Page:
Are government U-turns really a 'sign of strength'?
Another day, another government U-turn. Or should that be "climb-down"? Or "rethink"?
Or, perhaps, as David Cameron would have it, a well-thought-out response to the legitimate concerns of the public and experts in the field?
The prime minister has hit on a novel formula, showcased again on Tuesday in his announcement on prison sentencing, for dealing with accusations he has committed that most heinous of political crimes.
Rather than desperately trying to pretend it was something he had intended to do all along and the changes were all in the small print of the bill anyway, he says the U-turn is a "sign of strength".
He has yet to cross the Rubicon entirely and proudly reclaim the phrase for politicians everywhere.
We are still a long way from a minister being able to stand up in the House of Commons and announce their latest policy U-turn.
Indeed, government ministers and spin doctors still spend a large part of their working week denying policy rethinks qualify as U-turns.
Justice Secretary Ken Clarke was the latest minister to go down this route, when he was doorstepped by journalists outside his London home on Tuesday morning.
He later reduced MPs on all sides of the Commons to helpless laughter, when he joked, after being accused of a U-turn by a Labour backbencher, that he had executed plenty of them in his time and they should always be performed with "purpose and panache when you have to do them".
Mr Cameron may feel he has little to choice but to try to turn a negative - the perception his government is floundering - into what feels like a positive - that he is listening to the public.
Only a government firing on all cylinders, he says, would have the self-confidence to listen to criticism, pause, reflect and come back with an improved set of proposals.
And he is "proud" to lead a listening government.
If this is the case, this must be one of the most self-confident governments, with the best hearing, in history.
Recent months have seen alleged U-turns on everything from school sports, privatisation of forests, the NHS, weekly bin collections and now prison sentencing.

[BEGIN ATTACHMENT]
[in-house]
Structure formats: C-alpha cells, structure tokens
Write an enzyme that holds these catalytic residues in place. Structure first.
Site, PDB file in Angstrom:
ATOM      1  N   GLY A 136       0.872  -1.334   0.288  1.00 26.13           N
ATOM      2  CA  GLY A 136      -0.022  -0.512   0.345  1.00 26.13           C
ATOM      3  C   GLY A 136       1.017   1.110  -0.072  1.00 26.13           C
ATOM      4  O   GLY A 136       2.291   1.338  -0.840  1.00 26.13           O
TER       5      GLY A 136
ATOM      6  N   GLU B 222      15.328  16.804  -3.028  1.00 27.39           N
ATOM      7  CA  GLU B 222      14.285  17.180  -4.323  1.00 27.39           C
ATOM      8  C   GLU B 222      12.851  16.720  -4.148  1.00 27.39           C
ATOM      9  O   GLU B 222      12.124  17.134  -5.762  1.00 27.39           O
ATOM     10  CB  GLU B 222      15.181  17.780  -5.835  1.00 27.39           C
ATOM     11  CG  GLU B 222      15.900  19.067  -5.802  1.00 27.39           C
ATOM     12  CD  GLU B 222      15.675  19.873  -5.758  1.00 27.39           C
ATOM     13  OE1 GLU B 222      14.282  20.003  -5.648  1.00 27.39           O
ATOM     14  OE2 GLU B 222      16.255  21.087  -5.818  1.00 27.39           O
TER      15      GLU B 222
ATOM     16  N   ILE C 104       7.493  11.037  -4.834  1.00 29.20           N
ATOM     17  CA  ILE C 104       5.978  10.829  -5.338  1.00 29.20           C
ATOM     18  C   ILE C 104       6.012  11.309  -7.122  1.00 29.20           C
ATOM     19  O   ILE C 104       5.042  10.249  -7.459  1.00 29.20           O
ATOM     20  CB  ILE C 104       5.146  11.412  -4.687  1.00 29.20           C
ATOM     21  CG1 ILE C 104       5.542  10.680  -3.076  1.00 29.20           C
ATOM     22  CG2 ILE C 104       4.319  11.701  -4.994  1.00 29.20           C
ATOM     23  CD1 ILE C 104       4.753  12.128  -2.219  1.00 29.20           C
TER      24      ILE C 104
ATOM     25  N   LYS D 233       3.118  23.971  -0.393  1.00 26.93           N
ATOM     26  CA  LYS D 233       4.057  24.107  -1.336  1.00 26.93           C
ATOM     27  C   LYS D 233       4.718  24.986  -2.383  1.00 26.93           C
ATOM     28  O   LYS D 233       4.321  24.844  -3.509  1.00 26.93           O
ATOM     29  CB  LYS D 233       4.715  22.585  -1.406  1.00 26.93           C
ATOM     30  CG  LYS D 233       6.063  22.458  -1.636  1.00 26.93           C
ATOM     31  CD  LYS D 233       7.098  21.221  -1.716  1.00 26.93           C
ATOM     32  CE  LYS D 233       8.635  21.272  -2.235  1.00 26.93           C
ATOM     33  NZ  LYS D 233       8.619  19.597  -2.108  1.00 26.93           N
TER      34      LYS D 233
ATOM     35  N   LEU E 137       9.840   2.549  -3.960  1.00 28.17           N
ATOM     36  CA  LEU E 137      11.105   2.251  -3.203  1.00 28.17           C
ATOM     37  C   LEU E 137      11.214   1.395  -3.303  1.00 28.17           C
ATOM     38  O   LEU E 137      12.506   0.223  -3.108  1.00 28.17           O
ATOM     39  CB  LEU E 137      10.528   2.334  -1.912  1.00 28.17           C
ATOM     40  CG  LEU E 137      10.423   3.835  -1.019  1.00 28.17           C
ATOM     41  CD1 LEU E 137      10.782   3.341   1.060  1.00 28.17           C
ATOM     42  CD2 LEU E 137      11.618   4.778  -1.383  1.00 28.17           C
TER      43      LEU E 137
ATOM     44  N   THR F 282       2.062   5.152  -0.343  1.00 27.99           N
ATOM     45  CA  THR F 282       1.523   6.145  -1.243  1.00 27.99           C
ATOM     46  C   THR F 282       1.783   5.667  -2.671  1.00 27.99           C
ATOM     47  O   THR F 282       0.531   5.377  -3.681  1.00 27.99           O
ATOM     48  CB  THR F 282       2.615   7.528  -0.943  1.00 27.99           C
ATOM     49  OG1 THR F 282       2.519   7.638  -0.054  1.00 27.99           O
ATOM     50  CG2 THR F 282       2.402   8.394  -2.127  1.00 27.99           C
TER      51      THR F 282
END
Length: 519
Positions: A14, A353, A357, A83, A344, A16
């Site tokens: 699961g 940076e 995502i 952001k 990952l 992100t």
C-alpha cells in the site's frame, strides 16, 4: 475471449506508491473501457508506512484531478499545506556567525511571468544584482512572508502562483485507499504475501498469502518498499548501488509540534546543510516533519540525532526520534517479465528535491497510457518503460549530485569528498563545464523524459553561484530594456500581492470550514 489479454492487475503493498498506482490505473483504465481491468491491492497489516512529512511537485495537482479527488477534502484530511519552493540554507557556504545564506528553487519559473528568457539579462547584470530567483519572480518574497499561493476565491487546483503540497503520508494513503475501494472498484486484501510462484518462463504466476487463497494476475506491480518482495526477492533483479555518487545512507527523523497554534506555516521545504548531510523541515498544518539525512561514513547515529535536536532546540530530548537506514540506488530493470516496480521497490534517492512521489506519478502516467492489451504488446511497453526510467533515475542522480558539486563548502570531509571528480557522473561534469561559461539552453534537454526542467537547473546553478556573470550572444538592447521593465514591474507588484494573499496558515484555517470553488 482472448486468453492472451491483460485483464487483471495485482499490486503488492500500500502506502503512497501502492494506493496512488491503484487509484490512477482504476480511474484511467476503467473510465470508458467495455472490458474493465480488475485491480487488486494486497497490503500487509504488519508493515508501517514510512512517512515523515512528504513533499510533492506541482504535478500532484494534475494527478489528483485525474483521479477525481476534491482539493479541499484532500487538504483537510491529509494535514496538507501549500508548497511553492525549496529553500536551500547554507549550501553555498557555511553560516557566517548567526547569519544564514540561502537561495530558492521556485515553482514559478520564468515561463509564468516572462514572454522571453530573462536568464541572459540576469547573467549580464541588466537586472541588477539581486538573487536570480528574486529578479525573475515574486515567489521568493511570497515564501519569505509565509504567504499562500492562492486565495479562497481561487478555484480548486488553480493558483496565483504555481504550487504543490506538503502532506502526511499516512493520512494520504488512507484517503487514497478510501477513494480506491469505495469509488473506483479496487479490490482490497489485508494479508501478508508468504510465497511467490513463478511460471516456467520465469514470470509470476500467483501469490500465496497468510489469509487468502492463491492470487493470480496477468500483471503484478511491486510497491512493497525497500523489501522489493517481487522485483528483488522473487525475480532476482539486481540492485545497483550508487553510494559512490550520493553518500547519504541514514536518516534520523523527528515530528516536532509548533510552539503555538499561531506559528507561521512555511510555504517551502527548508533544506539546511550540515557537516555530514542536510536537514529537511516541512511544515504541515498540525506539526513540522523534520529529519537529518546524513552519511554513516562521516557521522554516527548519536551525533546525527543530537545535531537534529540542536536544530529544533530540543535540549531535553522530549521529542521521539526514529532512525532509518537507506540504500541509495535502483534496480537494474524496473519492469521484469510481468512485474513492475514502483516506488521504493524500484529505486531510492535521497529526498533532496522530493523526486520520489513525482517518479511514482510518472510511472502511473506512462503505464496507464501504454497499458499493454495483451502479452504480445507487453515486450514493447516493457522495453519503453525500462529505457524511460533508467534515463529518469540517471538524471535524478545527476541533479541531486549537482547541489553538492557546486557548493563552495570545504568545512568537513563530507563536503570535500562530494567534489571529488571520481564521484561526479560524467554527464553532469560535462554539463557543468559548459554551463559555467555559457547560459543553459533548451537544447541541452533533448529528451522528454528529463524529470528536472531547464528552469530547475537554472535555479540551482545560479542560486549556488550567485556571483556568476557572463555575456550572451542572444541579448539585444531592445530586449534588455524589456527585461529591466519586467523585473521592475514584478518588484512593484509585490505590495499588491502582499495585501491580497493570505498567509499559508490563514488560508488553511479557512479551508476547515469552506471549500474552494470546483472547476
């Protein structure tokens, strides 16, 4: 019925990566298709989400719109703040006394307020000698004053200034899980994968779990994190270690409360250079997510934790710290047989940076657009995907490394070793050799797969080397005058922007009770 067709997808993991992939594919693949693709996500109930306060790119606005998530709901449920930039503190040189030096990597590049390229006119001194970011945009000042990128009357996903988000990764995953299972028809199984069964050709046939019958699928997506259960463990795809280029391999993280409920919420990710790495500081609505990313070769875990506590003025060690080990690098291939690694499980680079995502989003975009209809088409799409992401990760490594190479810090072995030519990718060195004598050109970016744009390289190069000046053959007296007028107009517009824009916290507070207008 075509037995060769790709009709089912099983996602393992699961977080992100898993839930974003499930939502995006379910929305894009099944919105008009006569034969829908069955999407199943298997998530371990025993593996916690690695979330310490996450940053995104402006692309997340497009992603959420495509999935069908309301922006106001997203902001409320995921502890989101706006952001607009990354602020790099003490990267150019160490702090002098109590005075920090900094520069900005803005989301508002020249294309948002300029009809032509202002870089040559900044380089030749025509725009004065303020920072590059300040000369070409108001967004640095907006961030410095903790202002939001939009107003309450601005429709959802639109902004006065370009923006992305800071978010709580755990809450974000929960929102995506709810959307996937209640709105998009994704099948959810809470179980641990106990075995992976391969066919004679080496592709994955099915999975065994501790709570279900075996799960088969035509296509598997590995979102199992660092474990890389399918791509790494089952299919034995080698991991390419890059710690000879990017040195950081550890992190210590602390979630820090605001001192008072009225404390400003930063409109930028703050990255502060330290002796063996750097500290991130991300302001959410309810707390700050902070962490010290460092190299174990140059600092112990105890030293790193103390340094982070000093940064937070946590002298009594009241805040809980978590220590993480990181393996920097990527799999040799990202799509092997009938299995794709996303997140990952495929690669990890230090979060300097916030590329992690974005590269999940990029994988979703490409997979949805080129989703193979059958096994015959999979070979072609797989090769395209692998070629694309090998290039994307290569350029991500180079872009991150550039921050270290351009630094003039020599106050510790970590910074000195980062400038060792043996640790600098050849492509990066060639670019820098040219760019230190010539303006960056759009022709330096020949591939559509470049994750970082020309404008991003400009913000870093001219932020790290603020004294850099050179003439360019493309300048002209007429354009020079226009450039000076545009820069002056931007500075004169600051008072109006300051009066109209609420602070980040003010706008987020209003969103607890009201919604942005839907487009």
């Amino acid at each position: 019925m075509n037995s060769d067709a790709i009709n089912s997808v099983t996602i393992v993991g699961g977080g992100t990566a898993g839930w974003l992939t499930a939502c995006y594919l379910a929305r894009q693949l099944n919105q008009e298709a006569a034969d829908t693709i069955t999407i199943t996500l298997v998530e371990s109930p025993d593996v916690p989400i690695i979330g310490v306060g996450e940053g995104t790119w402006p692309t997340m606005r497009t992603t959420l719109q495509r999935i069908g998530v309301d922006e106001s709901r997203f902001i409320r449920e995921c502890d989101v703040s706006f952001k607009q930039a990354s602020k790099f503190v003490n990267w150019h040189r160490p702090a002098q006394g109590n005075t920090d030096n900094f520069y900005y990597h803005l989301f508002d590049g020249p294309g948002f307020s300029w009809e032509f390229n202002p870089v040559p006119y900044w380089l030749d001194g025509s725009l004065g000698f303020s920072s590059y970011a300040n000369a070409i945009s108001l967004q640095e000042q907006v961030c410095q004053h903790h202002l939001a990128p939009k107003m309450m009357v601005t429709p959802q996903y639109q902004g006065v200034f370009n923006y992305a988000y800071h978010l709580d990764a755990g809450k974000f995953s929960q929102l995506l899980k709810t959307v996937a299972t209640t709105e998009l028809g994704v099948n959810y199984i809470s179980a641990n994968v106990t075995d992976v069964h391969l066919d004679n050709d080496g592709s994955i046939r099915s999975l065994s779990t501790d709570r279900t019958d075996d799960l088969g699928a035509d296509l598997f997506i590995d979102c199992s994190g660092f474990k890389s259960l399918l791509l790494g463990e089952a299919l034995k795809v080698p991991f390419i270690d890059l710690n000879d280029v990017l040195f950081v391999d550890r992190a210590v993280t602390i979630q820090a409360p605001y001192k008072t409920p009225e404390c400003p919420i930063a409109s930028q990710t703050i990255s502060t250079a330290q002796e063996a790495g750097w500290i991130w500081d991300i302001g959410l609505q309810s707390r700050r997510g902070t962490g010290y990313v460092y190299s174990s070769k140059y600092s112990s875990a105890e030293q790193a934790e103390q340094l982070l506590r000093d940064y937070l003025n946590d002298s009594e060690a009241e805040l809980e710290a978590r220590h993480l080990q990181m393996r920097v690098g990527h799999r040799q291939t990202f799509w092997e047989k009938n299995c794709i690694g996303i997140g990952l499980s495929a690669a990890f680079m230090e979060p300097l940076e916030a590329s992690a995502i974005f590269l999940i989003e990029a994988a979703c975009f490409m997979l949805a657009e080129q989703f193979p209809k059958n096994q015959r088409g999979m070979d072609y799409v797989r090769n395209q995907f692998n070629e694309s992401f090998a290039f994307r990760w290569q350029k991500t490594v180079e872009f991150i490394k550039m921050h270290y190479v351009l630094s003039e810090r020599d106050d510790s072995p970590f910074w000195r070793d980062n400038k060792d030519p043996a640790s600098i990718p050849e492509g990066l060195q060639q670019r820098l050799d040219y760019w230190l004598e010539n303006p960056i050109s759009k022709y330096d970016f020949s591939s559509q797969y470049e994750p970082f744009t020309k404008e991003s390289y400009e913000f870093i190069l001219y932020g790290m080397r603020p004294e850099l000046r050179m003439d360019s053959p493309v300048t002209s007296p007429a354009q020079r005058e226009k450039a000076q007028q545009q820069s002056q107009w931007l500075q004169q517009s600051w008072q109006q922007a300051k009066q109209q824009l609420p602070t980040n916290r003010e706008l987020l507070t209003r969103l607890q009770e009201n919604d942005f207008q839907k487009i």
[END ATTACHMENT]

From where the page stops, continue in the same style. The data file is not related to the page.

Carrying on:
With the exception of the revamp of planned changes to the NHS in England - which saw a major piece of legislation stopped in its tracks and sent back a few squares on the legislative grid - these are all middle-ranking issues.
And the coalition has not done the one U-turn its critics say would really matter - on the economy.
But this has not stopped Labour leader Ed Miliband accusing Mr Cameron and his ministers of failing to think policies through before springing them on the world.
Others say Mr Cameron has taken an overly "hands off" approach to government, allowing his ministers too much freedom to come up with policy ideas.
There is certainly a recognisable pattern to the coalition's alleged U-turns.
They tend to begin with a minister stumbling into a storm of tabloid criticism about some proposal or other and end with Mr Cameron - in full listening mode - taking personal charge of the policy.
But do the public actually care?
Research by IPSOS Mori suggests two thirds of voters want a prime minister to act mainly "on the views and opinions of the general public to make decisions", as opposed to a third that want a PM who "trusts his own judgement and experience to make decisions".
Mr Cameron's own polling may also be telling him voters are not particularly bothered if the government does a U-turn as long as it gets the policy right in the end.
And they do not want a prime minister in the Margaret Thatcher mould, ploughing on seemingly impervious to criticism.
In fact, it was Lady Thatcher who is probably more responsible than anyone for cementing the term "U-turn" in the British political lexicon.
The term took off in the early 1970s, when then Prime Minister Ted Heath had to dump his entire market-based economic policy in the face of soaring inflation and rampant industrial action.
Lady Thatcher and her supporters on the monetarist wing of the Conservative Party never forgave him.
She took her revenge a few years later when, faced with a similarly desperate set of economic circumstances, she famously told the 1980 Tory party conference: "You turn if you want to. The lady's not for turning".
It made for a great headline.
And, as Mr Cameron is discovering, more than 30 years later the media's love affair with the phrase shows no sign of fading.